Farmers’ Market Hitting SUB on September 13 | The Wanderer Online

Over the last two years, the University of Alberta and Students’ Union have collaborated on several major projects. Out of the many new initiatives that sprouted up over this time, the Students’ Union Farmers’ Market is one of the best, and now it’s coming to students EVERY TWO WEEKS. The debut? Tomorrow, from 10 am to 2 pm in the Students’ Union Building.

Before we go any further in this article, check out this tweet from last year’s final Farmers’ Market:

This year, Sustain SU is taking charge of the event, moving it from a monthly to biweekly frequency. For students looking for delicious fruits, veggies, beef jerky, soup mixes, chicken and more, the change is easily digested. In an e-mail interview, Farmers’ Market founder Nikki Way dishes on the details (in italics) behind the once to two times per month change.

The two markets last season were pilot markets to test the waters so to speak, and usually were decided upon only a few months ahead. This year, there is a market every two weeks so students can expect regularity. There are also more vendors this year, upwards to fifteen different businesses as well as a few food related student groups.

For countless students, the food vendors of choice are in SUB, HUB and CAB, where finding great meals isn’t too much of a challenge. However, Edo, Subway and Le Pasta, as filling as they are, sometimes grow boring. With the Farmers’ Market on campus every fortnight (14 days!), students now have a little more variety – and it’s all healthy.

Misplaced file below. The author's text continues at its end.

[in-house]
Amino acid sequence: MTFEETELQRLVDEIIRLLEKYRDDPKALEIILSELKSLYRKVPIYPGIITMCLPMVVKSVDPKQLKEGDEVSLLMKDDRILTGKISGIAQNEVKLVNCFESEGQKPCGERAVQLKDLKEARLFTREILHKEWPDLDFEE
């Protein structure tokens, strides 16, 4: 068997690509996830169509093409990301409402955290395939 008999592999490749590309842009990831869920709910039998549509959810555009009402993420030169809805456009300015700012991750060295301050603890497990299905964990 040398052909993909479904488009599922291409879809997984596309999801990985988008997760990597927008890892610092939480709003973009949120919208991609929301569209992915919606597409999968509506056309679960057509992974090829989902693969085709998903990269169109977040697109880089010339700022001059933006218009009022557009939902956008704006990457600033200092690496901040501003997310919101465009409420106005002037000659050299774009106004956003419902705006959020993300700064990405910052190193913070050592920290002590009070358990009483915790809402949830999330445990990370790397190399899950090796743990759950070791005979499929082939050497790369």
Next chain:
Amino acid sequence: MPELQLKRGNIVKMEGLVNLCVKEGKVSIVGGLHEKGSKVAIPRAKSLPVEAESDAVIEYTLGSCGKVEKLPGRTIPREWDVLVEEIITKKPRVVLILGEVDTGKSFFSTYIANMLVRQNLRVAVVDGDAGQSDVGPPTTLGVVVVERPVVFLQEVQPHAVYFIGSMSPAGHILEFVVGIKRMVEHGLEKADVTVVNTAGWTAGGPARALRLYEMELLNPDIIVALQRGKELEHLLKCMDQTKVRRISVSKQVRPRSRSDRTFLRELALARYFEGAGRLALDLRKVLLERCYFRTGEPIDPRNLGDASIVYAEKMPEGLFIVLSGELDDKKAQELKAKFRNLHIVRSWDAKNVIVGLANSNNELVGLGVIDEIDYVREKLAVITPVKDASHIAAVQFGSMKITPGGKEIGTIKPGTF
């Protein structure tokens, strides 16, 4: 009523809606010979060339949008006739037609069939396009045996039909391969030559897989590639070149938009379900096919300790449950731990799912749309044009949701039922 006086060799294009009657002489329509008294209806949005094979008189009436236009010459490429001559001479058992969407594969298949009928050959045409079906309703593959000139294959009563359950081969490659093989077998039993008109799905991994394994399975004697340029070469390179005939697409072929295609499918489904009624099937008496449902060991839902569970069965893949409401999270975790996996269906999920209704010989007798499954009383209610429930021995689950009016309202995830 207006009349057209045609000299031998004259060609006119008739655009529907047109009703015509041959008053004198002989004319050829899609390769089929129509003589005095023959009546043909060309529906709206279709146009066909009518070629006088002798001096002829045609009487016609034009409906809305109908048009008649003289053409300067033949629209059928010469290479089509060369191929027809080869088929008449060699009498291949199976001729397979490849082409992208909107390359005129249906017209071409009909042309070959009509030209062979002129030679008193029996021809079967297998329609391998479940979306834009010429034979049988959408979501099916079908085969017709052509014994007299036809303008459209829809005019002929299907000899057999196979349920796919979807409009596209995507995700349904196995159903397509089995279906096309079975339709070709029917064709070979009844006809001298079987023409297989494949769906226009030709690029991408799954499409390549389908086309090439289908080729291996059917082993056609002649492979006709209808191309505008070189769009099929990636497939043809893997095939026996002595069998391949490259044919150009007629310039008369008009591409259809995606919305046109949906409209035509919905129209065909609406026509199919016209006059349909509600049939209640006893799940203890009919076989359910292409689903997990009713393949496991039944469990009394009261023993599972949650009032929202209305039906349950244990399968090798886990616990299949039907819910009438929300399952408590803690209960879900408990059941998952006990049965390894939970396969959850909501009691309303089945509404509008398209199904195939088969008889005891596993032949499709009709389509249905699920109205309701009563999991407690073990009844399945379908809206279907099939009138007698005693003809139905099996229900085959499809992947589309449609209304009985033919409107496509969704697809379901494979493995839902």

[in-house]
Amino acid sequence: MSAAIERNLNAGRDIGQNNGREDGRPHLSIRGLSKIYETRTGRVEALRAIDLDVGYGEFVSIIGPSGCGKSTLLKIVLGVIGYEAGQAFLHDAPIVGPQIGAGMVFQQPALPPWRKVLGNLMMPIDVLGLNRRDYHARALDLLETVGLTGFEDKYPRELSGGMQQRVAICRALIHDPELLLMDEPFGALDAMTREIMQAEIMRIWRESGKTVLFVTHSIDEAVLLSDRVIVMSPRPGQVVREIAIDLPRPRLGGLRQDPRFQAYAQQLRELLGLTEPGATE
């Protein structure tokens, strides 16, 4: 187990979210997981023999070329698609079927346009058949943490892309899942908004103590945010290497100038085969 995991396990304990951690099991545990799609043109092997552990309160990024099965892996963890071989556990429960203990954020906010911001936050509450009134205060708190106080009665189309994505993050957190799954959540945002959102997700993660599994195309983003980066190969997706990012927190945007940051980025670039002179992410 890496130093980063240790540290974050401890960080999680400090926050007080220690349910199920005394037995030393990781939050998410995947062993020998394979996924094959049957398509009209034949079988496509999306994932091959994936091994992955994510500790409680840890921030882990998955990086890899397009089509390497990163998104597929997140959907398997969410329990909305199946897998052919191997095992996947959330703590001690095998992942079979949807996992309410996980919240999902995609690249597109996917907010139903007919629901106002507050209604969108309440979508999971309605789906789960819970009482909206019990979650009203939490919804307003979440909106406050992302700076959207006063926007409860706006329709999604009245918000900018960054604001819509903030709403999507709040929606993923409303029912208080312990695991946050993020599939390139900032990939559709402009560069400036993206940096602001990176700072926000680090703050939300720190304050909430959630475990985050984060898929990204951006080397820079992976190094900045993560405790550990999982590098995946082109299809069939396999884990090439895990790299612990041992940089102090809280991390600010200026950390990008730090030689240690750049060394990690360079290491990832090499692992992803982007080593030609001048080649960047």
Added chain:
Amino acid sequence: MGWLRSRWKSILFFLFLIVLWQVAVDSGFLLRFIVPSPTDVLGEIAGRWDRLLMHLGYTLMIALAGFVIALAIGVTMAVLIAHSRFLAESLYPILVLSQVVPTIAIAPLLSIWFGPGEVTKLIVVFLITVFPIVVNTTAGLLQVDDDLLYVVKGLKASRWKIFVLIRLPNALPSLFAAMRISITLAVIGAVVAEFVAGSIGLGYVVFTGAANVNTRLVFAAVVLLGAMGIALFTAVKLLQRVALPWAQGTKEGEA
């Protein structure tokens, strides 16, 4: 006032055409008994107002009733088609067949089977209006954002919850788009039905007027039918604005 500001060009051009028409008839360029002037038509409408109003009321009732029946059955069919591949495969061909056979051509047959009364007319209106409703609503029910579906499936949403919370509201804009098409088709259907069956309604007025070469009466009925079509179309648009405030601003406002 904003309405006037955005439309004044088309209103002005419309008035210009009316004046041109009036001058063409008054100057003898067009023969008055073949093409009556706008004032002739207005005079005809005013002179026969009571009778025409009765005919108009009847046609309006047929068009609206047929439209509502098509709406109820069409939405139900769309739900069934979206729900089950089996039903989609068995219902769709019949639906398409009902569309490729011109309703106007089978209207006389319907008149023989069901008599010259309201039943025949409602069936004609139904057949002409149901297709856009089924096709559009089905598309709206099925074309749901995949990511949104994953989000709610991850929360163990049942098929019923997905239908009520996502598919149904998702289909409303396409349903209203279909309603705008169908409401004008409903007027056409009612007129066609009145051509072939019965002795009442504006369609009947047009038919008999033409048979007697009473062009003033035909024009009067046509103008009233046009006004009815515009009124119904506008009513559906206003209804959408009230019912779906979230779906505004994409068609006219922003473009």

Many of the vendors are also trying to cater to a student crowd, putting together student packages or bringing food that is perfect student food. Ready to make soup and chili packages for students to heat up, beef jerky and peanuts to snack on, ready to cook fresh pasta, fresh produce, it’s all there. It will make it considerably easier for students to pass on the boxes of kraft dinner five times a week. 

Finally, the Farmers’ Market emphasizes the importance of living and buying local. Rather than spend our hard-earned student money on foods from large supermarkets (think Safeway, which imports from countries all over the world), your Farmers’ Market dollars go straight back to your local community.

A lot of people have the impression that local means more expensive and is only part of a ‘green’ trend that will die out. But it isn’t necessarily true that local means more expensive and I really don’t think that the food movement is going to die out and fade away like some obscure fashion trend. The local food movement embodies several themes that are and are going to be very important issues surrounding health, the environment, community, and economy.

We’re into the final 24 hours before the inaugural Fall 2012 Farmers’ Market. Make sure you come and grab yourself some eats for the week.

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